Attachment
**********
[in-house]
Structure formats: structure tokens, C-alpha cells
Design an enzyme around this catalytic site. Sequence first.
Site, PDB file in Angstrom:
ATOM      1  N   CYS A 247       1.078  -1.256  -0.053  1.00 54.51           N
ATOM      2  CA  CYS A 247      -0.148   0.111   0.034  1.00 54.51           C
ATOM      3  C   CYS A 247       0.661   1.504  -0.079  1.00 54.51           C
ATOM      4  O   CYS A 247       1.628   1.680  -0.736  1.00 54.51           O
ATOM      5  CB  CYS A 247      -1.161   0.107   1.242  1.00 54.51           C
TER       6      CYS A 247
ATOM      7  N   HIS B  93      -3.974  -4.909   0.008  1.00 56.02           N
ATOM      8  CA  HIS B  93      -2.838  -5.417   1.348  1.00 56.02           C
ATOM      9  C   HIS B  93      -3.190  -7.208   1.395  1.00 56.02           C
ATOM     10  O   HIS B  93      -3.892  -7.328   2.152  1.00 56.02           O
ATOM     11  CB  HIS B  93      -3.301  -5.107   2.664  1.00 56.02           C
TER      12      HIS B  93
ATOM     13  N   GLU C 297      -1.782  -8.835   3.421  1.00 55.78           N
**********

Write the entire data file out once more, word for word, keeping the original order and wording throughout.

[in-house]
Structure formats: structure tokens, C-alpha cells
Design an enzyme around this catalytic site. Sequence first.
Site, PDB file in Angstrom:
ATOM      1  N   CYS A 247       1.078  -1.256  -0.053  1.00 54.51           N
ATOM      2  CA  CYS A 247      -0.148   0.111   0.034  1.00 54.51           C
ATOM      3  C   CYS A 247       0.661   1.504  -0.079  1.00 54.51           C
ATOM      4  O   CYS A 247       1.628   1.680  -0.736  1.00 54.51           O
ATOM      5  CB  CYS A 247      -1.161   0.107   1.242  1.00 54.51           C
TER       6      CYS A 247
ATOM      7  N   HIS B  93      -3.974  -4.909   0.008  1.00 56.02           N
ATOM      8  CA  HIS B  93      -2.838  -5.417   1.348  1.00 56.02           C
ATOM      9  C   HIS B  93      -3.190  -7.208   1.395  1.00 56.02           C
ATOM     10  O   HIS B  93      -3.892  -7.328   2.152  1.00 56.02           O
ATOM     11  CB  HIS B  93      -3.301  -5.107   2.664  1.00 56.02           C
TER      12      HIS B  93
ATOM     13  N   GLU C 297      -1.782  -8.835   3.421  1.00 55.78           N